The concepts are presented without clutter, in a friendly yet accurate way. The "Q&A" questions and answers add to the interactive feel. In places, some formalism seeps in, but this is dispelled by clear pictures and examples and practice questions for the student to try. The "How To" boxes are generally helpful, but at times they reduce creative thinking to an algorithm without ample explanation for why it works (as for example, in finding the vertex of a quadratic function). Here the instructor will need to fill in the reasoning, letting the text serve as a reference and summary. The real-world applications help make the mathematics more clear.

The text is consistent in both terminology and style.

The text is conveniently divided into smaller sections that can be easily located and studied at any point in the course.

The organization of the topics and the ideas within each topic follows a logical succession, while the modularity allows for any sub-topic to be studied with as much independence as possible.

The interface is uncluttered and easy to navigate. I have not had the opportunity to use this book yet, but my impression is that the students (and I) would find it easy and enjoyable to work with.

The grammar is good.

The examples are varied, from modern everyday life, and they come across as truly relevant (rather than contrived). At least one (about movies) I thought was insensitive, but there are plenty of good examples in the text.

I imagine that students will enjoy reading this book because of its friendly, interactive, example-oriented, uncluttered, and easy-to-navigate style. This is a book that I can see as a truly helpful learning companion.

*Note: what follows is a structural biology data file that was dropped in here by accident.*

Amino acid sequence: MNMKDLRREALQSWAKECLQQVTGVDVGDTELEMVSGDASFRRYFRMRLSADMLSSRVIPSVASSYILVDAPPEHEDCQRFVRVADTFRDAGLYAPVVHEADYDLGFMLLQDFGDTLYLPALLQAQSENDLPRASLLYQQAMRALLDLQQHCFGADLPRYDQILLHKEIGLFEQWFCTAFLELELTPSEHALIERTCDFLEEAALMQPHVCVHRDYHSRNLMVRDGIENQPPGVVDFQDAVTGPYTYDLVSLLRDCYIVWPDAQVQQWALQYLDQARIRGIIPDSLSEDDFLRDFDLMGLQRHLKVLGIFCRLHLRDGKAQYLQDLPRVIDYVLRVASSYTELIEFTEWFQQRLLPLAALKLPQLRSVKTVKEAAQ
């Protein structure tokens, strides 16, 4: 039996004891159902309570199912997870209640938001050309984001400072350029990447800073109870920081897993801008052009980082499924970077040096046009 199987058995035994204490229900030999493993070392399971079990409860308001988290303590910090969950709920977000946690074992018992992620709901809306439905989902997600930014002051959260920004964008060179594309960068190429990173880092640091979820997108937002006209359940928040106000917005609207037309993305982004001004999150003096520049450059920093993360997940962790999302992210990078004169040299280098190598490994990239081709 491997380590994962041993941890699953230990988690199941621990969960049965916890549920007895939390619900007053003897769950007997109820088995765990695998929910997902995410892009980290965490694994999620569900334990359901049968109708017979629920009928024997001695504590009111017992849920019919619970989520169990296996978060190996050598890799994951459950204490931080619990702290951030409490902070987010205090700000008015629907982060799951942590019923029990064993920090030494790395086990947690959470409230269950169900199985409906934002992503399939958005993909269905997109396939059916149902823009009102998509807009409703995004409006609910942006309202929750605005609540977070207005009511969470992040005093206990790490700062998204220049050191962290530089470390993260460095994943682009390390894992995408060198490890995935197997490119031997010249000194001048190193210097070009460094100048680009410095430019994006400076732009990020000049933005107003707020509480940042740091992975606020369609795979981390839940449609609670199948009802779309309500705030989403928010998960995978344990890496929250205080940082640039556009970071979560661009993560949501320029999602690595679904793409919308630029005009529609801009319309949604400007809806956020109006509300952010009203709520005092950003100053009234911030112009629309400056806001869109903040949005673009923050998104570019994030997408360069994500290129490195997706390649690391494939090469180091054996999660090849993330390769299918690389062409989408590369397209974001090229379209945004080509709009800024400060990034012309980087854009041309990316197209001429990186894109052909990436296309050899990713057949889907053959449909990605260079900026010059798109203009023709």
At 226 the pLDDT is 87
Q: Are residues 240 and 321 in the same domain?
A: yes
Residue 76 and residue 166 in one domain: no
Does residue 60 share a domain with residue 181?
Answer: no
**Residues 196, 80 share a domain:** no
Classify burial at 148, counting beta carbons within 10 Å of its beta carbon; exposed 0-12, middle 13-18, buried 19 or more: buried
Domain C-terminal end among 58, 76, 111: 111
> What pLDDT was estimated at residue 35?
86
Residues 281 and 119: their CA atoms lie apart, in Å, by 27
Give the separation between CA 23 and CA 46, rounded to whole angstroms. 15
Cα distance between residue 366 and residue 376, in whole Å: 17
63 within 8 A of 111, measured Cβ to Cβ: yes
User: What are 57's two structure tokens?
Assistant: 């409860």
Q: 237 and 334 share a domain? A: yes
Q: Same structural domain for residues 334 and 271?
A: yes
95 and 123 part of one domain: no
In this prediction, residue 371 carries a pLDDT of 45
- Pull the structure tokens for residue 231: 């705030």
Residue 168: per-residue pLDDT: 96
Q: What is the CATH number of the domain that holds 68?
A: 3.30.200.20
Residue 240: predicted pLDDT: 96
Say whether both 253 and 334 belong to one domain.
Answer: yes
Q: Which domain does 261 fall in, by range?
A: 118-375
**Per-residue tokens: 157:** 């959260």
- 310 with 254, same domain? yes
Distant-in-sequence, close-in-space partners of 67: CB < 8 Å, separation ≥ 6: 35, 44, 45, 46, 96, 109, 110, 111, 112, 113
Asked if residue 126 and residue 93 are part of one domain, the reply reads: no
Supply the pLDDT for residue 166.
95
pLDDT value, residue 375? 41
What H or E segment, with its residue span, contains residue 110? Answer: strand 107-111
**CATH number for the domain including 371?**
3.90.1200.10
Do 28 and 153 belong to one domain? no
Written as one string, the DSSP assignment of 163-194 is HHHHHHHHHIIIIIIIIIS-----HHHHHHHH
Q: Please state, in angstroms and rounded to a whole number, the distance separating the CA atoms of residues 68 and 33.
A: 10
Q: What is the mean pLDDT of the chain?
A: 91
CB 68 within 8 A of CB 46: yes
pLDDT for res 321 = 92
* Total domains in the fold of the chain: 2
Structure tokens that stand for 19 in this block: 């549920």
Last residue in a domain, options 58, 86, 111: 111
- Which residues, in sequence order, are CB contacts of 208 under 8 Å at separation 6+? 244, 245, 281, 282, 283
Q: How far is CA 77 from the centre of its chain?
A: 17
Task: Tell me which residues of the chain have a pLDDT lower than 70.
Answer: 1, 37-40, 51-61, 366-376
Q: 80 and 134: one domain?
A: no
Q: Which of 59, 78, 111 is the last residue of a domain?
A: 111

## Table of Contents

- 1 Functions
- 2 Linear Functions
- 3 Polynomial and Rational Functions
- 4 Exponential and Logarithmic Function
- 5 Trigonometric Functions
- 6 Periodic Functions
- 7 Trigonometric Identities and Equations
- 8 Further Applications of Trigonometry
- 9 Systems of Equations and Inequalities
- 10 Analytic Geometry
- 11 Sequences, Probability and Counting Theory
- 12 Introduction to Calculus

## About the Book

*Precalculus *is intended for college-level precalculus students. Since precalculus courses vary from one institution to the next, we have attempted to meet the needs of as broad an audience as possible, including all of the content that might be covered in any particular course. The result is a comprehensive book that covers more ground than an instructor could likely cover in a typical one- or two-semester course; but instructors should find, almost without fail, that the topics they wish to include in their syllabus are covered in the text. Many chapters of Openstax College Precalculus are suitable for other freshman and sophomore math courses such as College Algebra and Trigonometry; however, instructors of those courses might need to supplement or adjust the material. Openstax will also be releasing College Algebra and Algebra and Trigonometry titles tailored to the particular scope, sequence, and pedagogy of those courses.

OpenStax College has compiled many resources for faculty and students, from faculty-only content to interactive homework and study guides.

## About the Contributors

### Authors

**Lead Author, Senior Content Expert**

**Jay Abramson**, Arizona State University

**Authors**

**Valeree Falduto**, Palm Beach State College

**Rachael Grosss**, Towson State University